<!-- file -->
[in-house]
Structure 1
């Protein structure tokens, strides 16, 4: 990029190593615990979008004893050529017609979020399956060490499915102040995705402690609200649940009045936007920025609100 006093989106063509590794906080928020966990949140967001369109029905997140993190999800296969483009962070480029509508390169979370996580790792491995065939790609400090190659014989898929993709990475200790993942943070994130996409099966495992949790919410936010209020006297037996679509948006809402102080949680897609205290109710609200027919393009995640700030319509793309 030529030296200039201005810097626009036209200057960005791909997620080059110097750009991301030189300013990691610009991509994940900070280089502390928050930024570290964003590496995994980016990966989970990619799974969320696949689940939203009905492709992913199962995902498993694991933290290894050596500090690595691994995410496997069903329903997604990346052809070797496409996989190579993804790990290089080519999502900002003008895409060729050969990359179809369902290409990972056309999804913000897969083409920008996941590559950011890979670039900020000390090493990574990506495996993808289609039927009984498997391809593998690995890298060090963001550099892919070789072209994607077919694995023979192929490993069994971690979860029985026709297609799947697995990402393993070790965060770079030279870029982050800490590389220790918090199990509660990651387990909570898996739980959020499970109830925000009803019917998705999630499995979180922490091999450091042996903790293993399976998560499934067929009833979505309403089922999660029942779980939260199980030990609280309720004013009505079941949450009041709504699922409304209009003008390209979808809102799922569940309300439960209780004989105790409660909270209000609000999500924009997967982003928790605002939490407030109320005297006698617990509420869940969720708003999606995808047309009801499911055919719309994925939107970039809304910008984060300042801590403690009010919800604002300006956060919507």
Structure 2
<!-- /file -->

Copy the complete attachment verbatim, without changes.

[in-house]
Structure 1
């Protein structure tokens, strides 16, 4: 990029190593615990979008004893050529017609979020399956060490499915102040995705402690609200649940009045936007920025609100 006093989106063509590794906080928020966990949140967001369109029905997140993190999800296969483009962070480029509508390169979370996580790792491995065939790609400090190659014989898929993709990475200790993942943070994130996409099966495992949790919410936010209020006297037996679509948006809402102080949680897609205290109710609200027919393009995640700030319509793309 030529030296200039201005810097626009036209200057960005791909997620080059110097750009991301030189300013990691610009991509994940900070280089502390928050930024570290964003590496995994980016990966989970990619799974969320696949689940939203009905492709992913199962995902498993694991933290290894050596500090690595691994995410496997069903329903997604990346052809070797496409996989190579993804790990290089080519999502900002003008895409060729050969990359179809369902290409990972056309999804913000897969083409920008996941590559950011890979670039900020000390090493990574990506495996993808289609039927009984498997391809593998690995890298060090963001550099892919070789072209994607077919694995023979192929490993069994971690979860029985026709297609799947697995990402393993070790965060770079030279870029982050800490590389220790918090199990509660990651387990909570898996739980959020499970109830925000009803019917998705999630499995979180922490091999450091042996903790293993399976998560499934067929009833979505309403089922999660029942779980939260199980030990609280309720004013009505079941949450009041709504699922409304209009003008390209979808809102799922569940309300439960209780004989105790409660909270209000609000999500924009997967982003928790605002939490407030109320005297006698617990509420869940969720708003999606995808047309009801499911055919719309994925939107970039809304910008984060300042801590403690009010919800604002300006956060919507």
Structure 2